April 2018

A Universal Vaccine for Flu

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By Kaulie Lewis
Population Health Scholar
University of Texas System
MA Student in Journalism
UT Austin Moody College of Communication

 

This spring, Dr. Slobodan Paessler was driving from Austin back towards Houston when he heard a feature on NPR. The subject was this year’s nationwide flu epidemic, something of a speciality for Paessler. But the advice a California physician gave on air didn’t ring true to him. In fact, it made him incredibly angry.

“Everything he said was wrong,” remembered Paessler, a viral pathologist at the University of Texas Medical Branch in Galveston. “He was telling people ‘you don't need to get vaccinated, because it doesn't work anyway this season.’ It was so misinformed, it was sad.”

Dr Slobodan Paessler

Though Paessler tried to call the NPR station to voice his concerns and expertise, he couldn’t get through. But the incident served as a reminder of how misinformed even the medical community can be about the flu, and of how much good may come from one of Paessler’s projects — a universal flu vaccine.

Unlike current flu vaccines, which are only designed to protect against the handful of strains predicted to be the most active during a certain season, a universal flu vaccine could, in theory, protect against nearly every flu virus. The development of such a vaccine has been a stated goal of the Centers for Disease Control and Prevention and National Institute of Health for many years, and a number of variations are currently being researched.

“This is probably the top priority for the country. Even the NIH director and the CDC director and Congress representatives, everybody’s saying that we have to do something and have a better vaccine,” Paessler said. “And we’re certainly not the only ones working on it, but I think our technology is different from 95 percent of development in the field.”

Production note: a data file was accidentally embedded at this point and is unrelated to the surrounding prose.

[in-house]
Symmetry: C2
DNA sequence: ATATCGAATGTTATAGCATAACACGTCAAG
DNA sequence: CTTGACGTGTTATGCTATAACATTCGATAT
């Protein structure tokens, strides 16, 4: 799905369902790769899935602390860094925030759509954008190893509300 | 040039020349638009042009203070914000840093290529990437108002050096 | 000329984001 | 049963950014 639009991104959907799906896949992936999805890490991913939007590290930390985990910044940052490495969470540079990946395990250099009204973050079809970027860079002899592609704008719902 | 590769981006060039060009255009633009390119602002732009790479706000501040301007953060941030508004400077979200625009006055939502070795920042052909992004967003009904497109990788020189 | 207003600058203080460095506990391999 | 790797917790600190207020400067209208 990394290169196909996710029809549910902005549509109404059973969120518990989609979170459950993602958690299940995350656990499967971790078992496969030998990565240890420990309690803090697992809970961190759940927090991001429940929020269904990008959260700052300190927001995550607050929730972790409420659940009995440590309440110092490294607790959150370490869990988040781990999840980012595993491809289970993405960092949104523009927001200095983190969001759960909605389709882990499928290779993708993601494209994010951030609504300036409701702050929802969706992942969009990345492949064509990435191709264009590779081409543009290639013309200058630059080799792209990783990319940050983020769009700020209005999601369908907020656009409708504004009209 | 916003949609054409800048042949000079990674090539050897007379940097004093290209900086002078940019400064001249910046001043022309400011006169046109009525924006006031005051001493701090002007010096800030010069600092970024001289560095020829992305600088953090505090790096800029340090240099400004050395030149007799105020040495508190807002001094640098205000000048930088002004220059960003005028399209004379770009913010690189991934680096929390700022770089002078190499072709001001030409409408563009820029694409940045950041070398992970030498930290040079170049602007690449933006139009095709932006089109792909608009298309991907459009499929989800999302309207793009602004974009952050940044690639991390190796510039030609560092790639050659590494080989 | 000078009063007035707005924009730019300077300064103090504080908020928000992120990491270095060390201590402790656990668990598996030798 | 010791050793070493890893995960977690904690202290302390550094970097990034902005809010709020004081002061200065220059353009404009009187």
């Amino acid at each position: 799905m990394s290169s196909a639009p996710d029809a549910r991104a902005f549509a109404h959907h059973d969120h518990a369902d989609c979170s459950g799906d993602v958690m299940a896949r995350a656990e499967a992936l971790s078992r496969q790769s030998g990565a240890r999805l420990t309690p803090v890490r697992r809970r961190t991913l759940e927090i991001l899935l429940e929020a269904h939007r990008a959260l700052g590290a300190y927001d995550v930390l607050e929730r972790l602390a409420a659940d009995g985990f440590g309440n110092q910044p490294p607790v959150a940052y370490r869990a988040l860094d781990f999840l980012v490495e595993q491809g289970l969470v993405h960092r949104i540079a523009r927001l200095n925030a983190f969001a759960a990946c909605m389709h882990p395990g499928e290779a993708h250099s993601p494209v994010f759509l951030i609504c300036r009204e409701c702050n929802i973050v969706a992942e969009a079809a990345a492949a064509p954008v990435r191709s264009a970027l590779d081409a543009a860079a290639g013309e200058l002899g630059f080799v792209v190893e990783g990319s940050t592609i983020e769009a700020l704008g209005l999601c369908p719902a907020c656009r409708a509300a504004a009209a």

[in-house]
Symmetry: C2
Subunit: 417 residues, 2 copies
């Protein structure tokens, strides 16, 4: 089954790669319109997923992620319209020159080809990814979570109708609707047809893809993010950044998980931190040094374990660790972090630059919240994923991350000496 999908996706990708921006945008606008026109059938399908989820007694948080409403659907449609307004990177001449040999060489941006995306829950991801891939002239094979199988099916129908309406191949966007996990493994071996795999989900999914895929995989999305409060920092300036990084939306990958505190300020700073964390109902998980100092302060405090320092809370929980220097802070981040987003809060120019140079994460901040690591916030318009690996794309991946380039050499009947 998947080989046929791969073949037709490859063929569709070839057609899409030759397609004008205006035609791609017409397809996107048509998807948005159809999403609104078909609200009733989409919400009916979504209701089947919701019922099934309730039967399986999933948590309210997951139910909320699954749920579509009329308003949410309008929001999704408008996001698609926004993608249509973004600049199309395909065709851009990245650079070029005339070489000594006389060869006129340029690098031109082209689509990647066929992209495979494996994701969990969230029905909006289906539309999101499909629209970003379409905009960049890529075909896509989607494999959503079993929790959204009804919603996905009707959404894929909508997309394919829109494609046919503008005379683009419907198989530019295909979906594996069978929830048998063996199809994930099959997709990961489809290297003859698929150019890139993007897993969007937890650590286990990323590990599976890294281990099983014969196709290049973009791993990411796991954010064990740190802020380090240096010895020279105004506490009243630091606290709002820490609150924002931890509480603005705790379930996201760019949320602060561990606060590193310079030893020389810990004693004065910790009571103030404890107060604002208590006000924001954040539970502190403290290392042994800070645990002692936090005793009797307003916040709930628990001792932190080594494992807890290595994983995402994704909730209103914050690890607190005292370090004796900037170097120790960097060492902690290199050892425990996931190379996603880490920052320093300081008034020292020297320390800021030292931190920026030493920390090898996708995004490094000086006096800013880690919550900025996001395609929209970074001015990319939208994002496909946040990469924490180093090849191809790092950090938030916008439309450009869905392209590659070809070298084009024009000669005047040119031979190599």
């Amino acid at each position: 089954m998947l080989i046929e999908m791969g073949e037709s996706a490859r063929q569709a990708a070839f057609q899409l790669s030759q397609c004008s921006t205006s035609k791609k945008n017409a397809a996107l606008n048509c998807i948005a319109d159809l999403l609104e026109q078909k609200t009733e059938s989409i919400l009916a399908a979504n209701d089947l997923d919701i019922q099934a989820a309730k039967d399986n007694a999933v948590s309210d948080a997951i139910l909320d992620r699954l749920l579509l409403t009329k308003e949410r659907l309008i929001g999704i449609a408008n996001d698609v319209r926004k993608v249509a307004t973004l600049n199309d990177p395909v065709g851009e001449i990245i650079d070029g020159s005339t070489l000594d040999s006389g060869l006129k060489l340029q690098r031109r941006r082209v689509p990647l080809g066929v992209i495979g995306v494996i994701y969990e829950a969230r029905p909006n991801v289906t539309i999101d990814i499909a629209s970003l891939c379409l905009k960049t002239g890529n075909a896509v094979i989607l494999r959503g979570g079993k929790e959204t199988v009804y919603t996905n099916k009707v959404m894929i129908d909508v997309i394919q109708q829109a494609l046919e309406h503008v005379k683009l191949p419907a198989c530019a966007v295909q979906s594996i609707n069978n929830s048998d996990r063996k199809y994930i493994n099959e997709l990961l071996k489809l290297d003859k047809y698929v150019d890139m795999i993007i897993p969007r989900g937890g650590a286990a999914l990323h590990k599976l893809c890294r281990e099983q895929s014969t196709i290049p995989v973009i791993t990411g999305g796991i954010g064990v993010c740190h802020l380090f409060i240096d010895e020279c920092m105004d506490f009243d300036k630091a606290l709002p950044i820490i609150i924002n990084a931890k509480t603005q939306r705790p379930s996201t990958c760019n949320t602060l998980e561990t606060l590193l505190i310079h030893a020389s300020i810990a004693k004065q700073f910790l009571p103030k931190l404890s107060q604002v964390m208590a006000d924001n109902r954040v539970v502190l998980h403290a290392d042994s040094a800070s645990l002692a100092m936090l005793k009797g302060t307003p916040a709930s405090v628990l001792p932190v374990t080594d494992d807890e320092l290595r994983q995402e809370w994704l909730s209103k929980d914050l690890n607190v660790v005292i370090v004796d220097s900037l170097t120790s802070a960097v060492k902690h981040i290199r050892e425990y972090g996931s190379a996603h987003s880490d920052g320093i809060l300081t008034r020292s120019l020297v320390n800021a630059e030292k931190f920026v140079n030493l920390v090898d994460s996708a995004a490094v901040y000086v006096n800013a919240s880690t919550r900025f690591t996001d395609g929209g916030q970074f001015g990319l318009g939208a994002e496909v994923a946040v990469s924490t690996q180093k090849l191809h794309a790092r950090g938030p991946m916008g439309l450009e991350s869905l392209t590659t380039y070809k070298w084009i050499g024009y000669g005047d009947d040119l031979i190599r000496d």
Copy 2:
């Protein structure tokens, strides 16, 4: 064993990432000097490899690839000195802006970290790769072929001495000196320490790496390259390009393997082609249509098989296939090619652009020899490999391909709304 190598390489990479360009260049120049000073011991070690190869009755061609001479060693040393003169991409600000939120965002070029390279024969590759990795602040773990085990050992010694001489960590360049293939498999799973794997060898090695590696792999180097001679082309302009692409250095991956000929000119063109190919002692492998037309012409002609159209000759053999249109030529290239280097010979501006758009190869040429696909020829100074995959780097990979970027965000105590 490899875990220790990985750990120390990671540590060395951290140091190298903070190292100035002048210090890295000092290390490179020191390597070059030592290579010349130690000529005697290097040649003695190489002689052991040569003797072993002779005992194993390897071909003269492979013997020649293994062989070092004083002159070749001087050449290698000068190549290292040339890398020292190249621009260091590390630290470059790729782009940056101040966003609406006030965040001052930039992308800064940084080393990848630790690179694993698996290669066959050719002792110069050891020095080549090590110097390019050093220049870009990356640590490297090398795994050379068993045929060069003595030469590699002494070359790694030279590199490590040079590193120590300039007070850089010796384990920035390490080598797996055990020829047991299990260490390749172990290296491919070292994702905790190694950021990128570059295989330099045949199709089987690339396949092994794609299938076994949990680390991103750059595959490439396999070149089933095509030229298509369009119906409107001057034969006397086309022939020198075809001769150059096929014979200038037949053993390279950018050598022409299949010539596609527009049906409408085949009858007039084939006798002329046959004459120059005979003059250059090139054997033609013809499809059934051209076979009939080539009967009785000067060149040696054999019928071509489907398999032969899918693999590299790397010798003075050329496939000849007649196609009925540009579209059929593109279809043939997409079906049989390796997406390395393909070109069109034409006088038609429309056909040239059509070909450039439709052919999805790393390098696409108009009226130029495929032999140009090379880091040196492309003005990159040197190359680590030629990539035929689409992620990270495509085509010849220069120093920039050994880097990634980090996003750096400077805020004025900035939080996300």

Classic vaccines work very simply: Composed of dead or weakened viruses, they provoke the human body into producing targeted antibodies, which then remain in the body and protect against full-strength versions of the same virus. But Paessler’s flu vaccine differs from most others in that it drives the body to produce T cell responses to flu virus proteins, rather than to strain-specific antibodies. Because these T cells respond to the proteins in flu viruses that don’t change between strains, they’re able to successfully defend against a wide range of flu strains.

In partnership with Etubics, a biopharmaceutical company based out of Seattle, Paessler’s lab is moving closer to vaccine production. The cell systems that form the foundation of the vaccine are proven safe for people —  they already have the FDA’s approval — and previous animal trials of the vaccine have proven effective. Etubics is currently preparing to take the vaccine to phase one clinical trials. “They already have the money, so it’s almost happening in real time,” Paessler said.

“Though we call it a ‘universal flu’ vaccine, it's not meant to be truly universal, but it is meant to cover many different viruses at the same time, in contrast to one target right now,” Paessler said. And because of the particular technology used to construct this universal flu vaccine, it is also more flexible and responsive than the vaccines now commonly administered across the country.